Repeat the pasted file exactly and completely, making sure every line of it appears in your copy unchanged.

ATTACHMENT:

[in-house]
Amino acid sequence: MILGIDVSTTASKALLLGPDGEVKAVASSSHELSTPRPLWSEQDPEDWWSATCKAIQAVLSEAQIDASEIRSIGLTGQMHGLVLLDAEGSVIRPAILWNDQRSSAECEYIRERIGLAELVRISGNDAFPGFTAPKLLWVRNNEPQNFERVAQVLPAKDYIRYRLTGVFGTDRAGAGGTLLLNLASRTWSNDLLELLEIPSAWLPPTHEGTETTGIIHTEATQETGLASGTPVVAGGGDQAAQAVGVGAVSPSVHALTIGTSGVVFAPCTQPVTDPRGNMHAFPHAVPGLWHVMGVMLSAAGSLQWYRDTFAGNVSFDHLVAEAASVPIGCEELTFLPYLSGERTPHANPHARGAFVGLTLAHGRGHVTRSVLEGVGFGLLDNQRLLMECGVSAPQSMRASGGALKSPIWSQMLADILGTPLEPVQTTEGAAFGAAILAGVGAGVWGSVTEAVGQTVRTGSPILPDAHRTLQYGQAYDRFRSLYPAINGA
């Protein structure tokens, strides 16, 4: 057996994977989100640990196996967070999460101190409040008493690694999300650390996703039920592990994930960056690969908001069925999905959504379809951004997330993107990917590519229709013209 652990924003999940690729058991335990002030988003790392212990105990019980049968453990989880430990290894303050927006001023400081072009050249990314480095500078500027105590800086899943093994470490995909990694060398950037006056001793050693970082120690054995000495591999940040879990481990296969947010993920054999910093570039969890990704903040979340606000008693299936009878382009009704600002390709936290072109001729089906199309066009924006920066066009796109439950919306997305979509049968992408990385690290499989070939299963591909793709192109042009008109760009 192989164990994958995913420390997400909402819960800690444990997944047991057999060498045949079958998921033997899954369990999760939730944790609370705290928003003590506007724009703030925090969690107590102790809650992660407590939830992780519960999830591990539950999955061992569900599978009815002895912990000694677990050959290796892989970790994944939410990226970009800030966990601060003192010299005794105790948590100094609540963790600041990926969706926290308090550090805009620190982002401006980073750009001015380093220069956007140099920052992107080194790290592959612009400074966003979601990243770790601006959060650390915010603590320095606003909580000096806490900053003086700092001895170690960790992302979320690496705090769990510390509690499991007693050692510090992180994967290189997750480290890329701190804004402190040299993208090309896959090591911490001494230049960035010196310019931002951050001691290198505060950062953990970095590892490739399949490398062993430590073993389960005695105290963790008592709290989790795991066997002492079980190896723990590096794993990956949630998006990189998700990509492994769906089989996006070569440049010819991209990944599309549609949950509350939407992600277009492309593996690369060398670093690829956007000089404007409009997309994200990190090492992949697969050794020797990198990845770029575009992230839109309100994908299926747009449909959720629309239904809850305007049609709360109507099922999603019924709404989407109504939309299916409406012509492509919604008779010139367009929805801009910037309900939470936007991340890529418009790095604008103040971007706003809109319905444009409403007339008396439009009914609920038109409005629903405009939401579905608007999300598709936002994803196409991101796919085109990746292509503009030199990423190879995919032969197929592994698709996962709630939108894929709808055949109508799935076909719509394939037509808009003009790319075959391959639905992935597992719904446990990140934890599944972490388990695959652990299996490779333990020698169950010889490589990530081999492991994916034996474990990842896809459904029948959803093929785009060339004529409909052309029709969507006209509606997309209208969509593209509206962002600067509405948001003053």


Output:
[in-house]
Amino acid sequence: MILGIDVSTTASKALLLGPDGEVKAVASSSHELSTPRPLWSEQDPEDWWSATCKAIQAVLSEAQIDASEIRSIGLTGQMHGLVLLDAEGSVIRPAILWNDQRSSAECEYIRERIGLAELVRISGNDAFPGFTAPKLLWVRNNEPQNFERVAQVLPAKDYIRYRLTGVFGTDRAGAGGTLLLNLASRTWSNDLLELLEIPSAWLPPTHEGTETTGIIHTEATQETGLASGTPVVAGGGDQAAQAVGVGAVSPSVHALTIGTSGVVFAPCTQPVTDPRGNMHAFPHAVPGLWHVMGVMLSAAGSLQWYRDTFAGNVSFDHLVAEAASVPIGCEELTFLPYLSGERTPHANPHARGAFVGLTLAHGRGHVTRSVLEGVGFGLLDNQRLLMECGVSAPQSMRASGGALKSPIWSQMLADILGTPLEPVQTTEGAAFGAAILAGVGAGVWGSVTEAVGQTVRTGSPILPDAHRTLQYGQAYDRFRSLYPAINGA
């Protein structure tokens, strides 16, 4: 057996994977989100640990196996967070999460101190409040008493690694999300650390996703039920592990994930960056690969908001069925999905959504379809951004997330993107990917590519229709013209 652990924003999940690729058991335990002030988003790392212990105990019980049968453990989880430990290894303050927006001023400081072009050249990314480095500078500027105590800086899943093994470490995909990694060398950037006056001793050693970082120690054995000495591999940040879990481990296969947010993920054999910093570039969890990704903040979340606000008693299936009878382009009704600002390709936290072109001729089906199309066009924006920066066009796109439950919306997305979509049968992408990385690290499989070939299963591909793709192109042009008109760009 192989164990994958995913420390997400909402819960800690444990997944047991057999060498045949079958998921033997899954369990999760939730944790609370705290928003003590506007724009703030925090969690107590102790809650992660407590939830992780519960999830591990539950999955061992569900599978009815002895912990000694677990050959290796892989970790994944939410990226970009800030966990601060003192010299005794105790948590100094609540963790600041990926969706926290308090550090805009620190982002401006980073750009001015380093220069956007140099920052992107080194790290592959612009400074966003979601990243770790601006959060650390915010603590320095606003909580000096806490900053003086700092001895170690960790992302979320690496705090769990510390509690499991007693050692510090992180994967290189997750480290890329701190804004402190040299993208090309896959090591911490001494230049960035010196310019931002951050001691290198505060950062953990970095590892490739399949490398062993430590073993389960005695105290963790008592709290989790795991066997002492079980190896723990590096794993990956949630998006990189998700990509492994769906089989996006070569440049010819991209990944599309549609949950509350939407992600277009492309593996690369060398670093690829956007000089404007409009997309994200990190090492992949697969050794020797990198990845770029575009992230839109309100994908299926747009449909959720629309239904809850305007049609709360109507099922999603019924709404989407109504939309299916409406012509492509919604008779010139367009929805801009910037309900939470936007991340890529418009790095604008103040971007706003809109319905444009409403007339008396439009009914609920038109409005629903405009939401579905608007999300598709936002994803196409991101796919085109990746292509503009030199990423190879995919032969197929592994698709996962709630939108894929709808055949109508799935076909719509394939037509808009003009790319075959391959639905992935597992719904446990990140934890599944972490388990695959652990299996490779333990020698169950010889490589990530081999492991994916034996474990990842896809459904029948959803093929785009060339004529409909052309029709969507006209509606997309209208969509593209509206962002600067509405948001003053």